I wanted to share a post about Charly Priest’s poetry book now available here on Amazon!
This poetry book would make a GREAT Christmas gift for a guy – because even though Charly’s poems will appeal to BOTH men and women, Charly offers a man’s take on topics relating to war, love, and self-development. Charly also writes with a simple, no-nonsense approach. His poems flow with such ease and that makes the reading light and absorbable in a way that lets you smile with him – or frown with him – or even contrast a differing view while staying engaged. But it is easy to see where Charly is coming from and that makes a light-read while they are also full of life.
I know a young man who read all five chapters and came back moved in a good way! Two thumbs up. He said he normally did NOT LIKE poems – but he enjoyed Charly’s words. He especially liked the ones about being a soldier and others about processing through life’s ups and downs with soul searching.
Here are snippets from two that my boys liked:
Snippet from Paradise Lost:
“Riding shotgun through memory lane , I have found the password – for a future with much less rain” (the rest is on page 7)
Snippet from Warfare:
“Young men… full of pride, cockiness – is one word they cannot hide. They train incisively for battle — wanting blood inside — that cage they’ll rattle. Then, reality hits them… (the rest is on page 31 in his book).
And here is a full poem that we liked:
JUDGING IS GREAT
I hear, I read, people talking and writing
sometimes I just do the over sighing
other times, I do the memorizing,
unique people from all parts of the world
all walks of life
with their own customs and traditions.
“Not to judge?
By not judging is implying it is wrong to judge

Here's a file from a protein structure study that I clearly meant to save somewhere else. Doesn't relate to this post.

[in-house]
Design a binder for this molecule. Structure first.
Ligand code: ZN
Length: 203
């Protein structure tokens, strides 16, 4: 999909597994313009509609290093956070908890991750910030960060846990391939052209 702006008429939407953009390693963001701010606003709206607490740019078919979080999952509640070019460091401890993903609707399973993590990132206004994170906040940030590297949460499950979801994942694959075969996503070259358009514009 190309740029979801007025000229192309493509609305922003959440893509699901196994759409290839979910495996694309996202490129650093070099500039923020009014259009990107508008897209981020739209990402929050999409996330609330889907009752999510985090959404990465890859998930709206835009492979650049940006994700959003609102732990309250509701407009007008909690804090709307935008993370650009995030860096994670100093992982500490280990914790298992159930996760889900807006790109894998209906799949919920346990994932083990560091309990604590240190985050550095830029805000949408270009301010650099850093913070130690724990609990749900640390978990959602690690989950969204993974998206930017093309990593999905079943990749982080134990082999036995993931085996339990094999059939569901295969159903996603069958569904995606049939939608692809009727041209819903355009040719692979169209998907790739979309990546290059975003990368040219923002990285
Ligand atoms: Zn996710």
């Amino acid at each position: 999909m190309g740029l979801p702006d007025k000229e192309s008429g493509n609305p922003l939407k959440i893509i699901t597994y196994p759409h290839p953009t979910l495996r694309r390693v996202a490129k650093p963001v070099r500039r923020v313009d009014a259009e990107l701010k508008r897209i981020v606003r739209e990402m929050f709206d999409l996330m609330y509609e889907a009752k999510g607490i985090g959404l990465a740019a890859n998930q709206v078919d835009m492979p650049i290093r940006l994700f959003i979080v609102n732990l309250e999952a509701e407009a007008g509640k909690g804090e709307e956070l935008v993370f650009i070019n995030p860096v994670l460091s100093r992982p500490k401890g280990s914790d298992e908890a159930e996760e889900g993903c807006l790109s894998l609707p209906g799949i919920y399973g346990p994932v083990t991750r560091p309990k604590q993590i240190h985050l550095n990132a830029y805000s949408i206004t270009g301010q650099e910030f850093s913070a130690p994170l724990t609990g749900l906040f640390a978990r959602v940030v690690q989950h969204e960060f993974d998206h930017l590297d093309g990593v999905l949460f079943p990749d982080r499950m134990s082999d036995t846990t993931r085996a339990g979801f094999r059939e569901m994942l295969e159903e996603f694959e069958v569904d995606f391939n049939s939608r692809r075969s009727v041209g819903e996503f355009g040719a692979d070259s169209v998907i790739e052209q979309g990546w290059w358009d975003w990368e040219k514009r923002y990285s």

so I just give it a nudge.
the terminology of it is mixed,
but I think it can be fixed.
Judge-mentalism is part of our fabric of humanism
if you don´t judge- you have no voice to speak,
of what you think is right or wrong.
Judge with respect,
that is the aspect.
It creates dialogue, instead of one-sided monologue
And that one-sided monologue
is the true enemy, without debate
there is no going forward
and we can create a bunch
of one many silences of a coward.” (page 26)
Anna Waldherr reviewed Charly’s book (here) and she said this:
- Charly Priest, for those who do not know him, is a funny and irreverent blogger with a zest for life. A Spanish veteran, a man of faith and courage, and a devoted son, Charly writes free verse on topics ranging from war to romance.
- Charly calls things as he sees them, deftly using irony to highlight the ridiculous. This approach and occasional coarse language may offend some readers.
- But Charly Priest’s purpose is not to offend. It is to open minds to new ideas and different viewpoints. While Charly enjoys playing with words and ideas, his most outstanding quality may be his honesty.
- Charly fearlessly confronts difficult subjects, employing dark humor to deflate enlarged egos, pillory hypocrites, and undermine political correctness.
GP’s Review (here) had this:
- Priest is an unusual sort, and his poetry bears witness to this statement, but he’s humorous, serious and down-right confusing at times. There is no clearer explanation of him than that which is written at the end of the book by himself (need to get the book to read it…)
- There are some poems that make you think, such as his poem, “The Priest.” But I think he hunkers down and shows more of his true self in Chapter 4, and I was impressed. Such as “Land of the Killers” you can hear his own experiences in the Spanish Legion during deployment. “In Warfare”, that with all said and done, boils down to the last line, “where it’s a day-to-day reality of the insane.”